8. Still believing that “houses need to breathe”
A common trope that is still fairly prevalent in the residential building industry is “houses need to breathe.” The premise is that if a house has too robust of an air barrier (i.e., the house is too tight), you’ll trap moisture in the assemblies, creating the potential for condensation, mildew, mold, and rot. The historical basis for this was the introduction of insulation and vapor retarders in the mid-20th century. All of a sudden, assemblies that previously could very easily dry out stayed wet longer since much less heat flowed through them. There were some problems.
We’ve since learned, however, that most moisture flow travels via air currents, not vapor diffusion through the materials themselves. So, if you cut off the airflow through an assembly, you stop almost all the moisture movement. The evolution of the building code demonstrates this understanding; the requirements for vapor retarders have become less stringent while the requirements for airtightness and air barriers have grown stricter. With a good air-barrier system, balanced mechanical ventilation becomes necessary to maintain healthy indoor-air quality. Balanced mechanical ventilation has many advantages over letting houses “breathe.” With balanced ventilation, you can control where the air enters and how much comes in and out. You can filter the air. You can recover energy during the process. And you can control where the air is delivered to and extracted from.
Get it Right: Now, this isn’t to say that all airtight assemblies are guaranteed to be moisture-problem-proof. A poorly located vapor retarder can still create a condensation risk, which in turn can lead to the risk of mildew, mold, and rot. Intelligent design still needs to be a part of the process and for new-construction projects, the air barrier needs to be an integral part of the overall design.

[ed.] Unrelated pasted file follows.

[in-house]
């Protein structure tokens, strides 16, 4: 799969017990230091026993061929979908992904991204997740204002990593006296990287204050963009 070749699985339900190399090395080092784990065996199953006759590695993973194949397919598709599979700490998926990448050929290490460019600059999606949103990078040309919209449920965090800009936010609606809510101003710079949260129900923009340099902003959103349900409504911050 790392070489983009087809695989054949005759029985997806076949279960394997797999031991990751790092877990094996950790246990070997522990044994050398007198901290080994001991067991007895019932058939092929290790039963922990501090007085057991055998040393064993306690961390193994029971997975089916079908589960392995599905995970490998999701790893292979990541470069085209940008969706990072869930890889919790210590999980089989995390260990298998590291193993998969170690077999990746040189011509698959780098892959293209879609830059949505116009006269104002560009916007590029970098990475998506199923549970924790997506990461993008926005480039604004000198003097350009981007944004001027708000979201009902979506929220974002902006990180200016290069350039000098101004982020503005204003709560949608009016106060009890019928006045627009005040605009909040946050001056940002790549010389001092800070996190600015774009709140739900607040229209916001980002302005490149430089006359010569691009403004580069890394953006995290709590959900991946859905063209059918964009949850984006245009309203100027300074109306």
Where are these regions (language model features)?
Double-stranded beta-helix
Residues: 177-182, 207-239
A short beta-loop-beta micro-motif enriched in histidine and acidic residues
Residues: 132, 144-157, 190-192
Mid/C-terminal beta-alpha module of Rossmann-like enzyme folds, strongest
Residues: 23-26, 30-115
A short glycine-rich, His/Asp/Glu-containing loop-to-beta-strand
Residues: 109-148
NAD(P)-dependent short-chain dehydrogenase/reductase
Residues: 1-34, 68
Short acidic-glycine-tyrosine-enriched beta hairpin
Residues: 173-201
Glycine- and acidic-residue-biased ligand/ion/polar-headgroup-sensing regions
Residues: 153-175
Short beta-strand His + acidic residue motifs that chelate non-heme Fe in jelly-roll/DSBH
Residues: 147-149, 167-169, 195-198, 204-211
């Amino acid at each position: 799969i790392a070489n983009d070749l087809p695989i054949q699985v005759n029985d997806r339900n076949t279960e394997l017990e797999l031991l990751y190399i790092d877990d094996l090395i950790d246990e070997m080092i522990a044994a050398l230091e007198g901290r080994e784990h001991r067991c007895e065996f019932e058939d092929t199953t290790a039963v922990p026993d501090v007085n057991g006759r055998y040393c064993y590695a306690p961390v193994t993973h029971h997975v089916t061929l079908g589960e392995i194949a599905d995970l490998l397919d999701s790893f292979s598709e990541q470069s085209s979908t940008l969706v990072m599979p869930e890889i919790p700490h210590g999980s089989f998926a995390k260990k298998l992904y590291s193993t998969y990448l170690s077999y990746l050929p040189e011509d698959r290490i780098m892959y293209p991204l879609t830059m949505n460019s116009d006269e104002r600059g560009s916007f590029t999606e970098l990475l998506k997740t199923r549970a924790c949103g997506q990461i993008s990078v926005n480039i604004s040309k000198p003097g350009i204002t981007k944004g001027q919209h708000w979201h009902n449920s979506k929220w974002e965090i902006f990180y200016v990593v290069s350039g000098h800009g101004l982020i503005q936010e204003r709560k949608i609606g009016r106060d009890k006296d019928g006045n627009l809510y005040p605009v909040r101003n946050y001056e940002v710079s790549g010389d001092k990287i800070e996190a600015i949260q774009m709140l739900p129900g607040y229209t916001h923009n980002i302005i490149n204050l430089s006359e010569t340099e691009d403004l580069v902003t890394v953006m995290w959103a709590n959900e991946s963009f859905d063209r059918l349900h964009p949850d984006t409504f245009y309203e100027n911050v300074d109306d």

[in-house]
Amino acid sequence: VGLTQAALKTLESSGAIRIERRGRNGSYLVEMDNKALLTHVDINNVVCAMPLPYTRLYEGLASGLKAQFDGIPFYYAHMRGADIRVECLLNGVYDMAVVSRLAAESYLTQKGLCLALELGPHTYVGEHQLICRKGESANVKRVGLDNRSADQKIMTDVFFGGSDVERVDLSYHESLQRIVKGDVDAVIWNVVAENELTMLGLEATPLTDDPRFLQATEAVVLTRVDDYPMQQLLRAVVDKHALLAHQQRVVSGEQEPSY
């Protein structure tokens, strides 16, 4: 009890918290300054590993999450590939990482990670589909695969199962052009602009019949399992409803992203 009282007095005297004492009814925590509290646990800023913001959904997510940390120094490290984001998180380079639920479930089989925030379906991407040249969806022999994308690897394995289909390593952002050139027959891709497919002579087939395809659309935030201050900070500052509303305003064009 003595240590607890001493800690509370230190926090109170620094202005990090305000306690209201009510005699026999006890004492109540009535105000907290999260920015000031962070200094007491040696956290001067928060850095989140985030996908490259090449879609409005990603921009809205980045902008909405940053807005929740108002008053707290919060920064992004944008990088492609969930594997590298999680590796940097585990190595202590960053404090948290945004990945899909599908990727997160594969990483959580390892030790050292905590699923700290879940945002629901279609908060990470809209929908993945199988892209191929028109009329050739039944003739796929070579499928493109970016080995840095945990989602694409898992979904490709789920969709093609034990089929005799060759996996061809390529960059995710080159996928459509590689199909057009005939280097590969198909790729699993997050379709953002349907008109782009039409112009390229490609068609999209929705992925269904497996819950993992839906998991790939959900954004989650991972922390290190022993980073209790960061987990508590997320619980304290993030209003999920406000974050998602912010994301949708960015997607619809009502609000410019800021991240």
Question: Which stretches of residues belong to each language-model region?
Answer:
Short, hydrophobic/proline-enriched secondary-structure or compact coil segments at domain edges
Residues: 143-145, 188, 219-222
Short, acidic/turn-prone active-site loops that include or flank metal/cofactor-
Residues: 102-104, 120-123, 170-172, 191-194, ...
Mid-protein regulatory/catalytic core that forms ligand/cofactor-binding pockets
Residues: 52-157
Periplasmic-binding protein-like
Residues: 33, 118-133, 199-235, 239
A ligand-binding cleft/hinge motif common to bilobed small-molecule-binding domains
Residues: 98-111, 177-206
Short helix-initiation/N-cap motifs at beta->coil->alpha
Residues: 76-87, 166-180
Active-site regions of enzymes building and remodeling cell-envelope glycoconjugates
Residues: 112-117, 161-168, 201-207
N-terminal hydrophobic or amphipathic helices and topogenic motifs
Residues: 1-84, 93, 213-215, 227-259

My ideal air barrier (AB) is located mid-assembly, against the sheathing, underneath continuous insulation. This mid-assembly location has a number of benefits. It protects the AB from the occupants over the life of the house (compared to an interior AB) and from thermal and weather stresses (compared to an exterior AB). It allows for much easier AB continuity when the house geometry gets more complex (compared to an interior AB). It is located at a point in the assembly that should stay warm enough year-round to ensure that condensation won’t occur. And it is easy to execute and visually verify. I do not like nor recommend relying on spray foam or caulked joints as part of an air barrier since they are much more difficult to properly execute and visually verify.
A well-designed, continuous air barrier will make a house more energy efficient, thermally comfortable, and durable. The mechanical ventilation system (preferably with energy recovery) will maintain excellent indoor-air quality for the homeowners. —Jordan Goldman, Zero Energy Design, Boston, Mass.